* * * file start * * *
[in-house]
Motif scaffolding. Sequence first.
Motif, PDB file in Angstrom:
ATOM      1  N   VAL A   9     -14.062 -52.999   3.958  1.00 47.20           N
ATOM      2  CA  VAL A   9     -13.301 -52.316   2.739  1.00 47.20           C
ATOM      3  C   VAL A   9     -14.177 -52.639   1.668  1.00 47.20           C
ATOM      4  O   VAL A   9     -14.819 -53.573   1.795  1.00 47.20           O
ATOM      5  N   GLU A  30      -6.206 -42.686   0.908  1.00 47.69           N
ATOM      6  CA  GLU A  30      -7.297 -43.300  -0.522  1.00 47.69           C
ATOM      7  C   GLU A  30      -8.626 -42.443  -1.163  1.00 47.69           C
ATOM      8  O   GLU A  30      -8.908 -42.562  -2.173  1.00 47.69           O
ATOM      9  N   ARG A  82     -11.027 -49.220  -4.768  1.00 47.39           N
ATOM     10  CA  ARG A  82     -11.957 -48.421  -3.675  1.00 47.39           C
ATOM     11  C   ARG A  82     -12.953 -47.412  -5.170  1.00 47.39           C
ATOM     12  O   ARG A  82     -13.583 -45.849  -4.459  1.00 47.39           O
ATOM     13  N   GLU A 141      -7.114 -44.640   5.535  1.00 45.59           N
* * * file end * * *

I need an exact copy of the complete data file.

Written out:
[in-house]
Motif scaffolding. Sequence first.
Motif, PDB file in Angstrom:
ATOM      1  N   VAL A   9     -14.062 -52.999   3.958  1.00 47.20           N
ATOM      2  CA  VAL A   9     -13.301 -52.316   2.739  1.00 47.20           C
ATOM      3  C   VAL A   9     -14.177 -52.639   1.668  1.00 47.20           C
ATOM      4  O   VAL A   9     -14.819 -53.573   1.795  1.00 47.20           O
ATOM      5  N   GLU A  30      -6.206 -42.686   0.908  1.00 47.69           N
ATOM      6  CA  GLU A  30      -7.297 -43.300  -0.522  1.00 47.69           C
ATOM      7  C   GLU A  30      -8.626 -42.443  -1.163  1.00 47.69           C
ATOM      8  O   GLU A  30      -8.908 -42.562  -2.173  1.00 47.69           O
ATOM      9  N   ARG A  82     -11.027 -49.220  -4.768  1.00 47.39           N
ATOM     10  CA  ARG A  82     -11.957 -48.421  -3.675  1.00 47.39           C
ATOM     11  C   ARG A  82     -12.953 -47.412  -5.170  1.00 47.39           C
ATOM     12  O   ARG A  82     -13.583 -45.849  -4.459  1.00 47.39           O
ATOM     13  N   GLU A 141      -7.114 -44.640   5.535  1.00 45.59           N